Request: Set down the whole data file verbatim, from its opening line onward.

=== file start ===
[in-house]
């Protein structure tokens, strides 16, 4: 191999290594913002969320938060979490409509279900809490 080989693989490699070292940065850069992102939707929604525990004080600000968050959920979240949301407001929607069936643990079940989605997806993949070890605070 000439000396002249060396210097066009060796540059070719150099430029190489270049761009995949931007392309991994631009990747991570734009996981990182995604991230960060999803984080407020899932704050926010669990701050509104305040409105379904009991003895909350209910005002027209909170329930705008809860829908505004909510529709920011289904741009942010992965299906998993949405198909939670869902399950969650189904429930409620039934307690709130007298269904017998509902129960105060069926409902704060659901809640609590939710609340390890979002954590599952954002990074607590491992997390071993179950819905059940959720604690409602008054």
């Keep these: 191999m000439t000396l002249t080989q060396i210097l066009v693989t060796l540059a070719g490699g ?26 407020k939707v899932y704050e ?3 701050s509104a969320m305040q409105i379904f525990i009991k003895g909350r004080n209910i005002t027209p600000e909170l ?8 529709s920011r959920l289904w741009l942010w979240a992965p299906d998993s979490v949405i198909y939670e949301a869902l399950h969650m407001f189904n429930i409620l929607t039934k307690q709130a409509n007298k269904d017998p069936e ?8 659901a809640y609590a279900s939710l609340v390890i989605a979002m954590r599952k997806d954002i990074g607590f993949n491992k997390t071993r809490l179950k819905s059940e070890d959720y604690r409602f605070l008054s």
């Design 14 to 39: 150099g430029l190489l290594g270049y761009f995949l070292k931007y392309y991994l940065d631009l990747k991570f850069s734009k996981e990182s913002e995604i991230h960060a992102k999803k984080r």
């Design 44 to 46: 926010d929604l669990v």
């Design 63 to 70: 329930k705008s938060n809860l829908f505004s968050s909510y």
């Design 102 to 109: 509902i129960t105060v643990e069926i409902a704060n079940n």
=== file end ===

[in-house]
């Protein structure tokens, strides 16, 4: 191999290594913002969320938060979490409509279900809490 080989693989490699070292940065850069992102939707929604525990004080600000968050959920979240949301407001929607069936643990079940989605997806993949070890605070 000439000396002249060396210097066009060796540059070719150099430029190489270049761009995949931007392309991994631009990747991570734009996981990182995604991230960060999803984080407020899932704050926010669990701050509104305040409105379904009991003895909350209910005002027209909170329930705008809860829908505004909510529709920011289904741009942010992965299906998993949405198909939670869902399950969650189904429930409620039934307690709130007298269904017998509902129960105060069926409902704060659901809640609590939710609340390890979002954590599952954002990074607590491992997390071993179950819905059940959720604690409602008054």
């Keep these: 191999m000439t000396l002249t080989q060396i210097l066009v693989t060796l540059a070719g490699g ?26 407020k939707v899932y704050e ?3 701050s509104a969320m305040q409105i379904f525990i009991k003895g909350r004080n209910i005002t027209p600000e909170l ?8 529709s920011r959920l289904w741009l942010w979240a992965p299906d998993s979490v949405i198909y939670e949301a869902l399950h969650m407001f189904n429930i409620l929607t039934k307690q709130a409509n007298k269904d017998p069936e ?8 659901a809640y609590a279900s939710l609340v390890i989605a979002m954590r599952k997806d954002i990074g607590f993949n491992k997390t071993r809490l179950k819905s059940e070890d959720y604690r409602f605070l008054s």
């Design 14 to 39: 150099g430029l190489l290594g270049y761009f995949l070292k931007y392309y991994l940065d631009l990747k991570f850069s734009k996981e990182s913002e995604i991230h960060a992102k999803k984080r």
């Design 44 to 46: 926010d929604l669990v």
């Design 63 to 70: 329930k705008s938060n809860l829908f505004s968050s909510y």
């Design 102 to 109: 509902i129960t105060v643990e069926i409902a704060n079940n």